Re-registration (of the web relative to the screen) on the machine may be accomplished in two ways. First of all, it may be accomplished electronically using sensors 116 and 118 along with a control unit 120. Sensor 118 senses the presence of a registration mark on web 26a or 26b while sensor 116 senses the position of the print cylinder assembly 34. When the two have reached the desired location relative to one another, the clutch 206 is energized thereby allowing precise registration. This mechanism allows registration to be maintained with the rest of the web in the press without having to tie into or otherwise utilize information or signals from the press itself thereby ensuring ease of installation and integration.
Registration adjustments may also be accomplished on the fly using the mechanical registration adjustment assembly 122. A handle 124 drives a pair of gears 126 which in turn rotate a dual roller assembly 128 having rollers 130 attached at the end thereof. It can be appreciated that by rotating this assembly, the length of the web path may be increased or decreased thereby allowing a change in the relative position of the web and the print cylinder assembly 34.
The instant invention is also highly suited to indirect printing for use on temperature (or otherwise) sensitive substrates. In particular, in this arrangement a release web is fed in the path shown by web 26b around the outside of the machine. In an illustrative example, the material to be printed is a pressure sensitive hot melt adhesive sold by H. B. Fuller. The pattern is printed by screen assembly 34 directly on to impression roll 36 which is coated, in the preferred embodiment, with silicone rubber. In the example below, impression roll 36 was coated with a Plasma Coatings Incorporated PC915 coating.
The pattern is then carried clockwise around impression cylinder 36 where it contacts web 26b at nip roll 132. With appropriate pressure placed on nip roll 132 by pneumatic cylinder 134, the pattern is transferred to release liner web 26b. As mentioned previously, this process of offset printing of hot melt adhesive is particularly suited to temperature sensitive substrates.
By way of example, a white polyethylene or blue polypropylene release liner is capable of being printed using this technique where the adhesive temperature upon application to the impression roll is approximately 350° F. The adhesive cools (on the order of 100°-150° F.) rapidly enough during the short transition period around impression roll 36 that it is able to be applied to the polyethylene or polypropylene web without damage to the web.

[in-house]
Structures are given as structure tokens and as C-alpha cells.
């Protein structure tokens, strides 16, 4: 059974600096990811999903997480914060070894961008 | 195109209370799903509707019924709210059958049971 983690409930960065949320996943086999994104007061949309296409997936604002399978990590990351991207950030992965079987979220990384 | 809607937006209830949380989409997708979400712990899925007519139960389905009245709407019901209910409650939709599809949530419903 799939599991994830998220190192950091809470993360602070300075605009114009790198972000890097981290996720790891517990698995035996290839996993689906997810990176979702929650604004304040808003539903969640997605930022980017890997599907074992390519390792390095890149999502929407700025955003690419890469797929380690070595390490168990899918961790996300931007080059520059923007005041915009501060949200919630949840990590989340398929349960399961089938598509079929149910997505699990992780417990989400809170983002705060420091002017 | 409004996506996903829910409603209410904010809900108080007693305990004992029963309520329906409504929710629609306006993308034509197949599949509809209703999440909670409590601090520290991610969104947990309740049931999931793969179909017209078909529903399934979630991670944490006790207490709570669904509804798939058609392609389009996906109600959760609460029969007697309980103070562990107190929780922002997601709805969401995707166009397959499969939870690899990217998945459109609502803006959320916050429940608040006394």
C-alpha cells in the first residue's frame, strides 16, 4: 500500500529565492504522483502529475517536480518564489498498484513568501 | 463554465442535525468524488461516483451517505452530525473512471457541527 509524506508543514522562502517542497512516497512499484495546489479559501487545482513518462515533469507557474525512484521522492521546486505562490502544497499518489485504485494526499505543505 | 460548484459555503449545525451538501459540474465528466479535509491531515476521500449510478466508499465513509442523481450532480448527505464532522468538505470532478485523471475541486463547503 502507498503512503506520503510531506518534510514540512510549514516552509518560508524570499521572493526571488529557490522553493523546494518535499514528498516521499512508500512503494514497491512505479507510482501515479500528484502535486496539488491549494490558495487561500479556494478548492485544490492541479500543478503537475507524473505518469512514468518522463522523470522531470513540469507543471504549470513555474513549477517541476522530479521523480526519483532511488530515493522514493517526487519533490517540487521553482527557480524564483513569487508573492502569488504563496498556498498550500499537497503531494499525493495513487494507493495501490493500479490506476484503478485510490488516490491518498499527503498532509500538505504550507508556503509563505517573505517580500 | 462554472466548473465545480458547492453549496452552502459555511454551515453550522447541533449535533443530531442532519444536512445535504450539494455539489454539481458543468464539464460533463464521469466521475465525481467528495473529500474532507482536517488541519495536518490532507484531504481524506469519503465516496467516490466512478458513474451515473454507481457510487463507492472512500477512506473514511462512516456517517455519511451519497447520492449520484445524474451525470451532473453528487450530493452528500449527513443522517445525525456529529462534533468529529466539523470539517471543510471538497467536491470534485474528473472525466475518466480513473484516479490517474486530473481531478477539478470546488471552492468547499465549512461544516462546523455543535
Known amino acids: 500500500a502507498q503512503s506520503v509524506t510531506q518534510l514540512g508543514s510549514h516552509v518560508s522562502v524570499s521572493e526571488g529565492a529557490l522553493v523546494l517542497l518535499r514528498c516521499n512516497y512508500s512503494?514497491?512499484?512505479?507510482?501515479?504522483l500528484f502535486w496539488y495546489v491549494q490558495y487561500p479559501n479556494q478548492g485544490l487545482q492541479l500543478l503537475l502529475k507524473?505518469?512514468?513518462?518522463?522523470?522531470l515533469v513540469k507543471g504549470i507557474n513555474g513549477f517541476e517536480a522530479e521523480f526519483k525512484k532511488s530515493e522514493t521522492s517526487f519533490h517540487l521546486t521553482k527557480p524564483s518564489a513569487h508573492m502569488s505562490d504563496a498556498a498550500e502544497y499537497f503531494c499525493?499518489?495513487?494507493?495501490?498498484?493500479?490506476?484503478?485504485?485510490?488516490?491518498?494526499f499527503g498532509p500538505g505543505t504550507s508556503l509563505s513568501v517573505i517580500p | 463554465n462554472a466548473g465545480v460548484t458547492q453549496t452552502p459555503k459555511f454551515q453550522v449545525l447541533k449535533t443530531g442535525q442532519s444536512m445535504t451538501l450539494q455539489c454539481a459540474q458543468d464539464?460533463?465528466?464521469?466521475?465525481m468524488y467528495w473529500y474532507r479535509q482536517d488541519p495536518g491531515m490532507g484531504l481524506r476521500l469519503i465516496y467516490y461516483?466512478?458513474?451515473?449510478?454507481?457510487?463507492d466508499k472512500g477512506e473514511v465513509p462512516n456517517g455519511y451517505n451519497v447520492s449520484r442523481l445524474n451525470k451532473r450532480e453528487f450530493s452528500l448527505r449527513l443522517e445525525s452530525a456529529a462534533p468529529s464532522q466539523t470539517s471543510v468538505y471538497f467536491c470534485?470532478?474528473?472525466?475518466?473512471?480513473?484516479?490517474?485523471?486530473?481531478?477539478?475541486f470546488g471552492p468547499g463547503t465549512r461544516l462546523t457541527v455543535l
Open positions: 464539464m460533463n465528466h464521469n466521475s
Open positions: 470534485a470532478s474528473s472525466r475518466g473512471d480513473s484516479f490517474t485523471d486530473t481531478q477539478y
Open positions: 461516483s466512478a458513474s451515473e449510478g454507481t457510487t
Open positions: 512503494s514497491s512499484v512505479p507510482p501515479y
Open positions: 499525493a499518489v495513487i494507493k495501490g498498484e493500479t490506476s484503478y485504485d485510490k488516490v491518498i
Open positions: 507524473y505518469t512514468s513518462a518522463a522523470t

The instant invention is also provided with a number of other features making it suitable for ease of application into an existing press and for ease of setup. In addition to nip roll 132, a pacer roll 135 is provided on the opposite side of impression roll 36. The roles of rolls 132 and 134 are reversed when the direction of the web through the machine is reversed. A spreader roll 138 is incorporated to further assist in predictable web handling. Various other rollers 136 are included to facilitate various web paths as desired.
The general operation of the machine is quite simple and in fact is similar to the previous prior art machines. In actual changeover between various configurations, the machine excels in its ease of use. In particular, the mounting frame assembly and various pivots points allow a high degree of precision and repeatability such that improved pattern results are achieved.
For instance, when it is desired to change the print screen assembly 34 either to provide a different pattern or different sized pattern, the clutch 206 is activated thereby disengaging drive to print cylinder 34. Pneumatic cylinders 35 are energized thereby lifting mounting frame 30 upwardly thereby removing screen 55 from contact with impression roll 36. Pneumatic cylinder 106 is thence retracted thereby lifting gear 107 from print cylinder gear 108.
Pressure bar assembly 38 is then unbolted from the outer mounting bracket 40 which had previously been swung upwardly by pneumatic cylinder 44. The outer pneumatic cylinder 44 is then allowed to be unbolted at its lower end and bracket 40 swung downwardly out of the way as shown in FIG. 8. The tension on screen 55 is then removed by loosening bolts 60 thereby releasing the tension caused by springs 62. After bolts 60 are removed, the outside major idler 64 is removed and the end ring 46 grasped and rotated to disconnect the bayonet fittings 48 therein and allowing the screen assembly 34 to be withdrawn from the operator side of the machine. When it is desired to reassemble the machine, the above process is reversed.
It is contemplated that various changes and modifications may be made to the rotary screen printing apparatus without departing from the spirit and scope of the invention as defined by the following claims.